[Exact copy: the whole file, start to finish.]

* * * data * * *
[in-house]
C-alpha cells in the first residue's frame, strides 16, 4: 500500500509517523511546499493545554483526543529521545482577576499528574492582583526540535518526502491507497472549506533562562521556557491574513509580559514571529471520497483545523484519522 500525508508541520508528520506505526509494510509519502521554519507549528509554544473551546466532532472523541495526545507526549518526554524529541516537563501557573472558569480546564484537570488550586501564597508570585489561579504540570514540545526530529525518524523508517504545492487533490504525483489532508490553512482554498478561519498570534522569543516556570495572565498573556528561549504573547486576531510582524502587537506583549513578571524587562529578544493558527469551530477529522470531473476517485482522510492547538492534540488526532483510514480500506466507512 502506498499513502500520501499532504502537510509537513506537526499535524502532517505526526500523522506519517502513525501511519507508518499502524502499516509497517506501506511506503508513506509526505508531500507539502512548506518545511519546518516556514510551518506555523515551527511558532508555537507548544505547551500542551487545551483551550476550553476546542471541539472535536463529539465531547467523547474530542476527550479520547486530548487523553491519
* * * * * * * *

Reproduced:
[in-house]
C-alpha cells in the first residue's frame, strides 16, 4: 500500500509517523511546499493545554483526543529521545482577576499528574492582583526540535518526502491507497472549506533562562521556557491574513509580559514571529471520497483545523484519522 500525508508541520508528520506505526509494510509519502521554519507549528509554544473551546466532532472523541495526545507526549518526554524529541516537563501557573472558569480546564484537570488550586501564597508570585489561579504540570514540545526530529525518524523508517504545492487533490504525483489532508490553512482554498478561519498570534522569543516556570495572565498573556528561549504573547486576531510582524502587537506583549513578571524587562529578544493558527469551530477529522470531473476517485482522510492547538492534540488526532483510514480500506466507512 502506498499513502500520501499532504502537510509537513506537526499535524502532517505526526500523522506519517502513525501511519507508518499502524502499516509497517506501506511506503508513506509526505508531500507539502512548506518545511519546518516556514510551518506555523515551527511558532508555537507548544505547551500542551487545551483551550476550553476546542471541539472535536463529539465531547467523547474530542476527550479520547486530548487523553491519